everyone is paying it's fine, but if any one of those
people drop out, the remaining persons are liable,"
Lewis said.
Other terms he said can be tricky for students
are "prep fee" and "cleaning fee," because students
are often unaware of what each entails - and
knowing what the terms mean can prevent being
ripped-off. A landlord cannot charge a tenant a
cleaning fee that would be used to clean the house
before his move-in date because Ann Arbor's city
code requires landlords to clean housing units
before tenants move in. On the other hand, it is
legal for a landlord to charge a cleaning fee in
advance for cleaning that will done after a tenant's
lease expires. This cleaning fee, however, cannot

be deducted from the security deposit.
As for the use of prep fees, Lewis stresses that
the lessee needs to ask the landlord exactly what
this fee is going to cover.
"Some of them are outrageous," said Lewis, who
said the fee is legal when applied toward the costs
of certain procedures like background checks.
Even if a tenant and landlord make it through
the year without too many troubles, the security
deposit can pose it's own set of issues. Many stu-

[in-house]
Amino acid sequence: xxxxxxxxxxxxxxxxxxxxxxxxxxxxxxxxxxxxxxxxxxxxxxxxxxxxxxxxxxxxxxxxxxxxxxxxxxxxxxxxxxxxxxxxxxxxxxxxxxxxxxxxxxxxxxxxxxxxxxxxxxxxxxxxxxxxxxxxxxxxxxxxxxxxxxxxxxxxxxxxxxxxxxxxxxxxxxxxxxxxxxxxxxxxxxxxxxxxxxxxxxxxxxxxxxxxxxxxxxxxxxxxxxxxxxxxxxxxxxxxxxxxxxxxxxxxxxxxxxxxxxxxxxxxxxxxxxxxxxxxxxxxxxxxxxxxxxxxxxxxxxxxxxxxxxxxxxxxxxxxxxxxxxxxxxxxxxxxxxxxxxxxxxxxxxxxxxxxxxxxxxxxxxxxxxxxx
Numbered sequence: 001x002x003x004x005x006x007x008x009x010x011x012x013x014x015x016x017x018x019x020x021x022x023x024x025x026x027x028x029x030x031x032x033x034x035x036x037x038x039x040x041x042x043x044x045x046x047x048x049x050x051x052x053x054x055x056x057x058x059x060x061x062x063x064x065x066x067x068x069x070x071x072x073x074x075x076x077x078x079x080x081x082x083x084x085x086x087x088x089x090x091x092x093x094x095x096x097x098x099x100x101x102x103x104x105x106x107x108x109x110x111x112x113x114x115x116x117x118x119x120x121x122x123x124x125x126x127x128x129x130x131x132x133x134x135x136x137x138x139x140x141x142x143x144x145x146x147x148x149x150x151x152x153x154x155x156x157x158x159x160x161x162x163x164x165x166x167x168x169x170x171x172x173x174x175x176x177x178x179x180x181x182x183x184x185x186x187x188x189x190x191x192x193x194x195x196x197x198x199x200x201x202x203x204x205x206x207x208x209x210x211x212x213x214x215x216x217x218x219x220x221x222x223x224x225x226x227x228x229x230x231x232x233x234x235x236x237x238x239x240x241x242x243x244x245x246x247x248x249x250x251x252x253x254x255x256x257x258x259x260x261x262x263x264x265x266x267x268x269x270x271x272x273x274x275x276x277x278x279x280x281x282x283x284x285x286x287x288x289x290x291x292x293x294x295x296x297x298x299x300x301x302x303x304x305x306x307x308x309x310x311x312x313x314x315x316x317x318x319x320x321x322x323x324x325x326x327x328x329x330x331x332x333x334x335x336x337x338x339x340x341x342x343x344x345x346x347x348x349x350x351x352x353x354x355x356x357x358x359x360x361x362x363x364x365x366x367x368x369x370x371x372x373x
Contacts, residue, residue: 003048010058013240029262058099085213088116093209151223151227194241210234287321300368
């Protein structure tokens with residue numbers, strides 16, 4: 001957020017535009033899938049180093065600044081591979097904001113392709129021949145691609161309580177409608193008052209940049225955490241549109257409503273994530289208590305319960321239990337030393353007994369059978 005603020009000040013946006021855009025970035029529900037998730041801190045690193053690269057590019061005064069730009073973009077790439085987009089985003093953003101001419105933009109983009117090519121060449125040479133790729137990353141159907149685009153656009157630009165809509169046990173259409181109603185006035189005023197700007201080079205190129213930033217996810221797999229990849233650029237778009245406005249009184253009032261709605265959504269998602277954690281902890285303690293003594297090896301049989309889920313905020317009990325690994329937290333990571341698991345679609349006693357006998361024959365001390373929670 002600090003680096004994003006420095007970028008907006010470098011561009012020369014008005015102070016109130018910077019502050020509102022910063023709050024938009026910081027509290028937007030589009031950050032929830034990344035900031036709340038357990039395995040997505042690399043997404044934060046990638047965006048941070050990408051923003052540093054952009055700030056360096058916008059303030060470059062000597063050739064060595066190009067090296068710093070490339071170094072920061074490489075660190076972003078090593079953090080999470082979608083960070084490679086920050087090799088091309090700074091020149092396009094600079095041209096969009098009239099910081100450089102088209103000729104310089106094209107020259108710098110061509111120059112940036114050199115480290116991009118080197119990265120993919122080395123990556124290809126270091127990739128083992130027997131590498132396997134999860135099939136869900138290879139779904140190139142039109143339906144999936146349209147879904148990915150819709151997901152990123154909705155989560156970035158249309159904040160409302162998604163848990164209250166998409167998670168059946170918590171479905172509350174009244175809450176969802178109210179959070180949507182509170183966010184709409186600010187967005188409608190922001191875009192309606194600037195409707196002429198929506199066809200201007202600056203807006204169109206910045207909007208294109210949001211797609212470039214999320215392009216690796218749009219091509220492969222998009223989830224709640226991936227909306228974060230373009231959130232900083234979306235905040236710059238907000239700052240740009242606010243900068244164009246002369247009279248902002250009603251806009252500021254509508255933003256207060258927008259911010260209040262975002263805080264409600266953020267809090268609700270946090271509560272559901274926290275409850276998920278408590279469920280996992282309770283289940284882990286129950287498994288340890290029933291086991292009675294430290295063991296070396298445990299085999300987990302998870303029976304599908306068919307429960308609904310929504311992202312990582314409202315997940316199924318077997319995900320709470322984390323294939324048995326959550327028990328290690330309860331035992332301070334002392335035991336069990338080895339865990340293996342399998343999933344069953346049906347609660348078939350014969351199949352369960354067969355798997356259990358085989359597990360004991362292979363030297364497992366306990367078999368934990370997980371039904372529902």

dents agree that this can be a grueling process
in which landlords often make unreasonable or
unwarranted deductions.
Lewis suggests the best way to avoid these
deductions is to thoroughly fill out the checklist
given to tenants during move-in.
"Probably one of the most important steps in
keeping your deposit at the end of your lease is
writing a very good security deposit checklist at
the beginning of your lease and documenting the
condition of the apartment when you move in,"
Lewis said. "Tenants need to go room by room
and be as picky as they can be. Don't ignore little
things," said Lewis, who recommended tenants

take incoming and outgoing photos as additional
evidence.
These checklists can be compared to those made
by the landlord during move-out, distinguishing
any prior damage from damage caused by the cur-
rent lessee. By law, a landlord cannot charge for
damage due to natural wear and tear on the unit,
Lewis said, adding that is also illegal to charge for
cleaning required after move-out.
"I have watched landlords try and nickel-and-
dime those deposits," he said. "I have seen some
that charge $5 for replacing a burnt-out light bulb."
Beyond the concern of unwarranted deductions,
some students are worried their landlords may
never refund their security deposits at all.
LSA junior Wajeeha Shuttari has been unsuc-
cessful at getting her security deposit back. Shut-
tari and her former roommates, whose lease ended
last August, have yet to get their $1,200 security
deposit from their former landlord. A few weeks